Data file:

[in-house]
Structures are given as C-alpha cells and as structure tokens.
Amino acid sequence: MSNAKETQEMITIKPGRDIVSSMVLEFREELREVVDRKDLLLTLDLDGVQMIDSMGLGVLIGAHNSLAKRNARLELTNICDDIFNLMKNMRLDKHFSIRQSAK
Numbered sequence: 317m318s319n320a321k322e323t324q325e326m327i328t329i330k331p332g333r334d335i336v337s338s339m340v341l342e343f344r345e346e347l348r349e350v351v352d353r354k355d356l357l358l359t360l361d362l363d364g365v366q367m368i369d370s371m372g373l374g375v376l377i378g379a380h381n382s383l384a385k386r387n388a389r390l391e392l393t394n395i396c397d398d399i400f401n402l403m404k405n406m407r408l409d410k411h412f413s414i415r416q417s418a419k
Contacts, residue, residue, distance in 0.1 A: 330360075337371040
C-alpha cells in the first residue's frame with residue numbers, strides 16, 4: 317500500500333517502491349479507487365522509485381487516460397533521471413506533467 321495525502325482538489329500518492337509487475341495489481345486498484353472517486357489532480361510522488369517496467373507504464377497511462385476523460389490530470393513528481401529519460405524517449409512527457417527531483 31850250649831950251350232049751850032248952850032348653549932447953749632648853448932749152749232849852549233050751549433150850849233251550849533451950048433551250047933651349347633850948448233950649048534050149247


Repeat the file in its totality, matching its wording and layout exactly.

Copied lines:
[in-house]
Structures are given as C-alpha cells and as structure tokens.
Amino acid sequence: MSNAKETQEMITIKPGRDIVSSMVLEFREELREVVDRKDLLLTLDLDGVQMIDSMGLGVLIGAHNSLAKRNARLELTNICDDIFNLMKNMRLDKHFSIRQSAK
Numbered sequence: 317m318s319n320a321k322e323t324q325e326m327i328t329i330k331p332g333r334d335i336v337s338s339m340v341l342e343f344r345e346e347l348r349e350v351v352d353r354k355d356l357l358l359t360l361d362l363d364g365v366q367m368i369d370s371m372g373l374g375v376l377i378g379a380h381n382s383l384a385k386r387n388a389r390l391e392l393t394n395i396c397d398d399i400f401n402l403m404k405n406m407r408l409d410k411h412f413s414i415r416q417s418a419k
Contacts, residue, residue, distance in 0.1 A: 330360075337371040
C-alpha cells in the first residue's frame with residue numbers, strides 16, 4: 317500500500333517502491349479507487365522509485381487516460397533521471413506533467 321495525502325482538489329500518492337509487475341495489481345486498484353472517486357489532480361510522488369517496467373507504464377497511462385476523460389490530470393513528481401529519460405524517449409512527457417527531483 31850250649831950251350232049751850032248952850032348653549932447953749632648853448932749152749232849852549233050751549433150850849233251550849533451950048433551250047933651349347633850948448233950649048534050149247